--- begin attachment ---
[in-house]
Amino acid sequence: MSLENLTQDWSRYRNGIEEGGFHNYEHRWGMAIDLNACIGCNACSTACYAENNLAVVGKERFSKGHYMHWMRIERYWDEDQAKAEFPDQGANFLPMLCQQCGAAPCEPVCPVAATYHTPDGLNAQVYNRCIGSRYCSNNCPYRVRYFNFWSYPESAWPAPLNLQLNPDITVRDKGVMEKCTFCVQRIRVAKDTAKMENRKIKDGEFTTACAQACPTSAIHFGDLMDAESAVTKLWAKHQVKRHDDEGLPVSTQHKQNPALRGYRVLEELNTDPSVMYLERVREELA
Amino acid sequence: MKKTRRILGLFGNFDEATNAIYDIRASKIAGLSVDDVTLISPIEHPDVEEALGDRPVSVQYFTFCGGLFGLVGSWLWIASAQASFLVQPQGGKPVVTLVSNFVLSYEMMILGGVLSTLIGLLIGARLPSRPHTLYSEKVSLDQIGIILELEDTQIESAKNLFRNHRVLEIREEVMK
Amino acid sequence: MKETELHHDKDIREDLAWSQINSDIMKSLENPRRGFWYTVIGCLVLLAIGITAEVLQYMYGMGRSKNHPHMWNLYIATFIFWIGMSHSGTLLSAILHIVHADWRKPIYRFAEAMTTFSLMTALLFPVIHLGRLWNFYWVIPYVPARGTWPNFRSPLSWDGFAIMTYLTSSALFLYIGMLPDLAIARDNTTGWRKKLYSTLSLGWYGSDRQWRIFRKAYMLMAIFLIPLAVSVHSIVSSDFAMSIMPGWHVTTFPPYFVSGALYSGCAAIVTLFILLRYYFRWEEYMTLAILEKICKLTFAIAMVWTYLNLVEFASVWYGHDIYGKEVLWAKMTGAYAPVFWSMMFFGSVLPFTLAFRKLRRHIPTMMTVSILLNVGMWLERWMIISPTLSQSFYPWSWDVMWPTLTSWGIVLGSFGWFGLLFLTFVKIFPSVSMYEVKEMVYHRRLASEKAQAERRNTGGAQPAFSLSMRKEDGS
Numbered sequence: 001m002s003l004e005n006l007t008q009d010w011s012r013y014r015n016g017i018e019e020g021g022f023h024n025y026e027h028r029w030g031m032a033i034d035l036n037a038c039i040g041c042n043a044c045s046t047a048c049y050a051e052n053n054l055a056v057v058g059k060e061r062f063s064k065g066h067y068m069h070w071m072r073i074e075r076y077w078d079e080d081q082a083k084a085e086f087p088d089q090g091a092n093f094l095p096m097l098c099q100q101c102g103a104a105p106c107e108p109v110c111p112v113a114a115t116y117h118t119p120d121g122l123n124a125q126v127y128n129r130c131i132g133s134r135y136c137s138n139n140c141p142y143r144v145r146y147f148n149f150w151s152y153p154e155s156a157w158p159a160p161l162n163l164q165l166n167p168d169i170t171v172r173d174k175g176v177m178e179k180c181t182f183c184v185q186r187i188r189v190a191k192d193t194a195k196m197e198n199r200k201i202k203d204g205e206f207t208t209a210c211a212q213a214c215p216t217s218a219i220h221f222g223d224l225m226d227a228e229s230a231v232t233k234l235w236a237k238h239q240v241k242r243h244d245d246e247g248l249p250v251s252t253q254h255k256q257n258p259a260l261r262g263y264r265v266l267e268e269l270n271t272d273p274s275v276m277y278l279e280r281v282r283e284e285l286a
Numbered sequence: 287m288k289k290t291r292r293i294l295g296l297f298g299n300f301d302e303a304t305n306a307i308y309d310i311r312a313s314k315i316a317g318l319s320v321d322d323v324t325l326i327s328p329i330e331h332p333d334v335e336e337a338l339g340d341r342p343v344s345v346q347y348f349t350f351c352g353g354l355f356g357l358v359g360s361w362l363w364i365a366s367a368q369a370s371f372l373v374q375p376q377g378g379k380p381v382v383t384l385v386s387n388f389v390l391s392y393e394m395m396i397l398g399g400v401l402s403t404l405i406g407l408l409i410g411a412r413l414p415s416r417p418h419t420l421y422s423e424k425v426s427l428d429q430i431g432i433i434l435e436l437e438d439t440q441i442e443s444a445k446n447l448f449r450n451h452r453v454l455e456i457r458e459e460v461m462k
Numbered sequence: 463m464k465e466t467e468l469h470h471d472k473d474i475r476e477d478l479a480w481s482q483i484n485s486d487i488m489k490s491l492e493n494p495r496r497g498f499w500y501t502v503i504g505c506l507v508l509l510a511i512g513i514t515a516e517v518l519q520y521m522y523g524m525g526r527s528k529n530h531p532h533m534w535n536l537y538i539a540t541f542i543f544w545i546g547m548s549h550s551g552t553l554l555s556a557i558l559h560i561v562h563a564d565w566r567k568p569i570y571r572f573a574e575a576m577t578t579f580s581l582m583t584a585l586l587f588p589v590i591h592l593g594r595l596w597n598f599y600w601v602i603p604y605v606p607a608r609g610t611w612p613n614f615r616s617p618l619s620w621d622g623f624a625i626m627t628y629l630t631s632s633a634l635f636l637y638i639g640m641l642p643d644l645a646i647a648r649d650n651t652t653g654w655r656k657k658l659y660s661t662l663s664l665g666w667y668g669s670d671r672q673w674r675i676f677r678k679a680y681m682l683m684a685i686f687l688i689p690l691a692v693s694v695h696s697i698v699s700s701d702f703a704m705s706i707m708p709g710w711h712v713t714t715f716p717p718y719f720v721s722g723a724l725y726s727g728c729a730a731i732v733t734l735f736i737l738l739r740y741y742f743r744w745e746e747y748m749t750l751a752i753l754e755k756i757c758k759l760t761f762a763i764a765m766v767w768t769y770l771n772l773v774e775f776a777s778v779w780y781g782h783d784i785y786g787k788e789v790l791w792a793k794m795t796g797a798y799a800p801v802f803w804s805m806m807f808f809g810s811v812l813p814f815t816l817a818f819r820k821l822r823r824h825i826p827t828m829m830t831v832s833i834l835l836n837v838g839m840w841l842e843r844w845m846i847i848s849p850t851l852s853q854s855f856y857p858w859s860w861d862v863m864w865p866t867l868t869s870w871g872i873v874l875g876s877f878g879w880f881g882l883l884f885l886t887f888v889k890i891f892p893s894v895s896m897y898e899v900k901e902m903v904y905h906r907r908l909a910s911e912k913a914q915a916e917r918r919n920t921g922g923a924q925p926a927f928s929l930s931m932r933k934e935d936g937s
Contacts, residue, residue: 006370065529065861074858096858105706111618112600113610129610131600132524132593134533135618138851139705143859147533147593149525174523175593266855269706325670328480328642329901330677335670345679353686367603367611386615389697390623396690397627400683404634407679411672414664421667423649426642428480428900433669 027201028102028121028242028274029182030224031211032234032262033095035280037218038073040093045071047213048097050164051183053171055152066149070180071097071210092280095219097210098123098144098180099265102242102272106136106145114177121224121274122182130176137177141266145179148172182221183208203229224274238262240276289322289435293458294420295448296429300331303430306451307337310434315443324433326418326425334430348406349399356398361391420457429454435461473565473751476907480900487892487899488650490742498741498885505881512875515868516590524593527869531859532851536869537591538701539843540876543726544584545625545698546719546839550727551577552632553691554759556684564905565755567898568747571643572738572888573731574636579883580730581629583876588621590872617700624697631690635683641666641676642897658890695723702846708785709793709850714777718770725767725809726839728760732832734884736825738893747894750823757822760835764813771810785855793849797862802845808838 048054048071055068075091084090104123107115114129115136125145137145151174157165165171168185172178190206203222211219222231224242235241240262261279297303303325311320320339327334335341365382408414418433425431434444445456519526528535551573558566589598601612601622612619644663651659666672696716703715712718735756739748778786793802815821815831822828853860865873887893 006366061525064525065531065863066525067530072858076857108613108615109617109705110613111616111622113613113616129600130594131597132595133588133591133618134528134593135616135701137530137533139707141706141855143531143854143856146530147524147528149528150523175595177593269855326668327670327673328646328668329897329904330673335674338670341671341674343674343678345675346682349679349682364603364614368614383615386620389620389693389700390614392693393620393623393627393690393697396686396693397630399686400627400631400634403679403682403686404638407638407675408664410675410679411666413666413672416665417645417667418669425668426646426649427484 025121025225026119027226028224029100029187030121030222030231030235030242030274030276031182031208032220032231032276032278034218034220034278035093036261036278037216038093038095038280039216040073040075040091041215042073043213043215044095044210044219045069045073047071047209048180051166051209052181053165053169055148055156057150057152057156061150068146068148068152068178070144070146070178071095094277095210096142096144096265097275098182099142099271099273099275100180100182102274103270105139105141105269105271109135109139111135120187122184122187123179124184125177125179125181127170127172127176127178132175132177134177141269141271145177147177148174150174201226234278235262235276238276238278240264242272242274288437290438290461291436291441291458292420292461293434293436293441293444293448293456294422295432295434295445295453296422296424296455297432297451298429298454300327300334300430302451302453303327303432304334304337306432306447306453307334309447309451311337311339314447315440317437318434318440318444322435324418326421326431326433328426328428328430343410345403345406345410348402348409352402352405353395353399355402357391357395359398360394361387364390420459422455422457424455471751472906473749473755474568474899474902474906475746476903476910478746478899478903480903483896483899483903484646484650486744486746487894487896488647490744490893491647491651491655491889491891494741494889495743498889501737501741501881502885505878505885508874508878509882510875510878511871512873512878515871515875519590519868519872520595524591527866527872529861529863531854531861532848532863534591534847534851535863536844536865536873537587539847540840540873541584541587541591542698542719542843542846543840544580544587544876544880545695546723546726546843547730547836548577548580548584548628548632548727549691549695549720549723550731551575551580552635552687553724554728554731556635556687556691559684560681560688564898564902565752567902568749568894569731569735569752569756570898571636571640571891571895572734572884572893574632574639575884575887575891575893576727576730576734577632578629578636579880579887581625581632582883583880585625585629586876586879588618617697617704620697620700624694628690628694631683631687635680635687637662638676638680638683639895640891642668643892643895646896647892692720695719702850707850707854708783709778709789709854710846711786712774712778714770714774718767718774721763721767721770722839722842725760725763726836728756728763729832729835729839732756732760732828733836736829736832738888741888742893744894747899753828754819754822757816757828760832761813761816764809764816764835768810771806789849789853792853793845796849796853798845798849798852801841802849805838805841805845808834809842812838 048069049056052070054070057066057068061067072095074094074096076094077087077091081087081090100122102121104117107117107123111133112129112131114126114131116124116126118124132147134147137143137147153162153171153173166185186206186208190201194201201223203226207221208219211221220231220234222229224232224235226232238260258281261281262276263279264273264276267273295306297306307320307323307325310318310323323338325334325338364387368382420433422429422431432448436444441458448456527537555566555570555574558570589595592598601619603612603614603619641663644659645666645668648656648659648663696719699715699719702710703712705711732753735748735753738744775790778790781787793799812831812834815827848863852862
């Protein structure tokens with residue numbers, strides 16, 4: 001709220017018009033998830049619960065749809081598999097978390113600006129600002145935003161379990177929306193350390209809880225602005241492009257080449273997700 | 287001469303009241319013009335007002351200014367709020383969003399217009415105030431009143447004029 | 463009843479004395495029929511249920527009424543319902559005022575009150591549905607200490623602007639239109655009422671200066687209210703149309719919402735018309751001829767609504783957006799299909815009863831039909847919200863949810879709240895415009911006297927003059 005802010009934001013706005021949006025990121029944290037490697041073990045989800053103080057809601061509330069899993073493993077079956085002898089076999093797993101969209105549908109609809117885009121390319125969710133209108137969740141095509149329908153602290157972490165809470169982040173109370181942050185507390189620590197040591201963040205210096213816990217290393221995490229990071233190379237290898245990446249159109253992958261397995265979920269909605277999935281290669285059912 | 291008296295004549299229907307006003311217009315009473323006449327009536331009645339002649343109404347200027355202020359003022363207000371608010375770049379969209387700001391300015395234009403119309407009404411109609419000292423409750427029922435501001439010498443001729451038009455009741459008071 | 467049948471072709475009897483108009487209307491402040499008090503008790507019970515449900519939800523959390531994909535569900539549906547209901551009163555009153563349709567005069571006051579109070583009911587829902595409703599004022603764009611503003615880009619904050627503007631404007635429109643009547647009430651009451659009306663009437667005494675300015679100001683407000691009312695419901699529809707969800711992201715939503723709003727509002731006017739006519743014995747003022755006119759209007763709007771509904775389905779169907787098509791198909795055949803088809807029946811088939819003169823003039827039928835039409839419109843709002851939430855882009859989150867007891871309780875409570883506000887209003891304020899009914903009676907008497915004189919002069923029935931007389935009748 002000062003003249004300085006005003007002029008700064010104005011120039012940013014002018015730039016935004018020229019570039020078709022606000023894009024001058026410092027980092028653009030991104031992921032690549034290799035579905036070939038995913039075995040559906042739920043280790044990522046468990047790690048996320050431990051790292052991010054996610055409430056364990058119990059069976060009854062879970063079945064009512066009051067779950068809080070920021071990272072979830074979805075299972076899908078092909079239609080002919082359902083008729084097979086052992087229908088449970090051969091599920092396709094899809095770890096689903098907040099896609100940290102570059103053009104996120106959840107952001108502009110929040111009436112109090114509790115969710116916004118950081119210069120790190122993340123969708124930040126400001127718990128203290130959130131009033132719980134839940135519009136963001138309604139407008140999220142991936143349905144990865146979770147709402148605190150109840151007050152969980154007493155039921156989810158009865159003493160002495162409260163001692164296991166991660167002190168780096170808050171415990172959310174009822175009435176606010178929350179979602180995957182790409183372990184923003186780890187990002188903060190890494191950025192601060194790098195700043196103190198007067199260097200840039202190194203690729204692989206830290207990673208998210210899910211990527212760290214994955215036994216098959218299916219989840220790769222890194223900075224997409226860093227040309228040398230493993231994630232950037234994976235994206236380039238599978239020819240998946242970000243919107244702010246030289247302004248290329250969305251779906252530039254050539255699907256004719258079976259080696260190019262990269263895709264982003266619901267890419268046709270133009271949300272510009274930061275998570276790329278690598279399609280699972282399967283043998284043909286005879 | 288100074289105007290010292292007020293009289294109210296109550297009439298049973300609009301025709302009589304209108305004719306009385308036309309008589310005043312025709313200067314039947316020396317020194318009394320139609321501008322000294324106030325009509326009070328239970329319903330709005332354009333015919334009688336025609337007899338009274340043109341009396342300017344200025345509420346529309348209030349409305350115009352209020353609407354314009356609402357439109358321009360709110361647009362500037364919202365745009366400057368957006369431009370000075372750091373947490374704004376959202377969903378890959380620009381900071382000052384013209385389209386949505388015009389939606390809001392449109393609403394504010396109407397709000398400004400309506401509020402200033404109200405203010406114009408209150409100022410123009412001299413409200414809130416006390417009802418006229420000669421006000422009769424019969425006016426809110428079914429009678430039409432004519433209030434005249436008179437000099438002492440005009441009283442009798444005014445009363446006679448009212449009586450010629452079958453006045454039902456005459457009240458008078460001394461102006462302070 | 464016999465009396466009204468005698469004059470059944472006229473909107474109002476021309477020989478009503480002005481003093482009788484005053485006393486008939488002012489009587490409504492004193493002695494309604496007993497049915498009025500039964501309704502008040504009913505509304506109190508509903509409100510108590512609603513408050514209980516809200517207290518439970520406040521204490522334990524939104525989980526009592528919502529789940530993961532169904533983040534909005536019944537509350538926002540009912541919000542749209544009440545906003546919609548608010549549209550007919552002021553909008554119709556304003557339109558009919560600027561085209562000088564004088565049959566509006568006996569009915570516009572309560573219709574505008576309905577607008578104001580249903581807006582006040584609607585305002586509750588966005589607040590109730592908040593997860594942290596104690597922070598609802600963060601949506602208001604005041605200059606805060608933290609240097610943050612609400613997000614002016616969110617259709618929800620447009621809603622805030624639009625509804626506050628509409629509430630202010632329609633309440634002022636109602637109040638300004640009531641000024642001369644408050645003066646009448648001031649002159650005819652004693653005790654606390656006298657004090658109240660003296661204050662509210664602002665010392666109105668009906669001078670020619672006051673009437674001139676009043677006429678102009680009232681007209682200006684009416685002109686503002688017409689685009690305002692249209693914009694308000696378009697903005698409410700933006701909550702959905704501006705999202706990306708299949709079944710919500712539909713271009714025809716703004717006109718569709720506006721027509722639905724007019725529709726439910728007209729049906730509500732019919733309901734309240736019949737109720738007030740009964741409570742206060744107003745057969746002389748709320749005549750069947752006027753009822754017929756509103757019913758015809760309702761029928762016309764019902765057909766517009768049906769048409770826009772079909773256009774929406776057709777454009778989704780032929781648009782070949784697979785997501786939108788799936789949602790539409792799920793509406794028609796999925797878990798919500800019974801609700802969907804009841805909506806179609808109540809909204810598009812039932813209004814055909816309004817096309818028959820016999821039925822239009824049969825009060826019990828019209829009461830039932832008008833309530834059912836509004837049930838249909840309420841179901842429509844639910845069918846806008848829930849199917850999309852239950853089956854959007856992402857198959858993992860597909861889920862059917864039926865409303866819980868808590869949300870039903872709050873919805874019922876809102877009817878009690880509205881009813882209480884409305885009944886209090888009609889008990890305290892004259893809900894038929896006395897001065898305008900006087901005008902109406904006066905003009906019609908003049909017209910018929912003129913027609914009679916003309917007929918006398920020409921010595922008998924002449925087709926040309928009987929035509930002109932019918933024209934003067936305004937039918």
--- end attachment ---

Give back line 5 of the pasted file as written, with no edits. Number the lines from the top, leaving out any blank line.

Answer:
Numbered sequence: 001m002s003l004e005n006l007t008q009d010w011s012r013y014r015n016g017i018e019e020g021g022f023h024n025y026e027h028r029w030g031m032a033i034d035l036n037a038c039i040g041c042n043a044c045s046t047a048c049y050a051e052n053n054l055a056v057v058g059k060e061r062f063s064k065g066h067y068m069h070w071m072r073i074e075r076y077w078d079e080d081q082a083k084a085e086f087p088d089q090g091a092n093f094l095p096m097l098c099q100q101c102g103a104a105p106c107e108p109v110c111p112v113a114a115t116y117h118t119p120d121g122l123n124a125q126v127y128n129r130c131i132g133s134r135y136c137s138n139n140c141p142y143r144v145r146y147f148n149f150w151s152y153p154e155s156a157w158p159a160p161l162n163l164q165l166n167p168d169i170t171v172r173d174k175g176v177m178e179k180c181t182f183c184v185q186r187i188r189v190a191k192d193t194a195k196m197e198n199r200k201i202k203d204g205e206f207t208t209a210c211a212q213a214c215p216t217s218a219i220h221f222g223d224l225m226d227a228e229s230a231v232t233k234l235w236a237k238h239q240v241k242r243h244d245d246e247g248l249p250v251s252t253q254h255k256q257n258p259a260l261r262g263y264r265v266l267e268e269l270n271t272d273p274s275v276m277y278l279e280r281v282r283e284e285l286a